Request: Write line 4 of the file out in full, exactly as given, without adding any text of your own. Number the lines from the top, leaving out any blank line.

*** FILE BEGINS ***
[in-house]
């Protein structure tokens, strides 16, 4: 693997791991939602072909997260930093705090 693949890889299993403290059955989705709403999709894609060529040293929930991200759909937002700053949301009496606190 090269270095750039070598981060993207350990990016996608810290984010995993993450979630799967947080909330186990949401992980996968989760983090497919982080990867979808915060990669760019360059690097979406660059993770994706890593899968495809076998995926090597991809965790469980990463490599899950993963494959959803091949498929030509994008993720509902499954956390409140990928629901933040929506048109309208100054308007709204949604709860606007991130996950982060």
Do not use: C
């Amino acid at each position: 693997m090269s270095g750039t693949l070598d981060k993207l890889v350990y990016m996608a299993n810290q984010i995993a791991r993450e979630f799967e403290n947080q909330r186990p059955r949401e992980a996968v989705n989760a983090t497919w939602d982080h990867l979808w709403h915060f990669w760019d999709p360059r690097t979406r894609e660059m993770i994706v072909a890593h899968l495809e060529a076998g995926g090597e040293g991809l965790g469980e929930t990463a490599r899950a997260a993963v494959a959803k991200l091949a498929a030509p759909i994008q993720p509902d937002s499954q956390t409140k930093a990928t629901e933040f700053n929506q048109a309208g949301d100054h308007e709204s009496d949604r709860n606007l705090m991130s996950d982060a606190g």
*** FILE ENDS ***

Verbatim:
């Amino acid at each position: 693997m090269s270095g750039t693949l070598d981060k993207l890889v350990y990016m996608a299993n810290q984010i995993a791991r993450e979630f799967e403290n947080q909330r186990p059955r949401e992980a996968v989705n989760a983090t497919w939602d982080h990867l979808w709403h915060f990669w760019d999709p360059r690097t979406r894609e660059m993770i994706v072909a890593h899968l495809e060529a076998g995926g090597e040293g991809l965790g469980e929930t990463a490599r899950a997260a993963v494959a959803k991200l091949a498929a030509p759909i994008q993720p509902d937002s499954q956390t409140k930093a990928t629901e933040f700053n929506q048109a309208g949301d100054h308007e709204s009496d949604r709860n606007l705090m991130s996950d982060a606190g």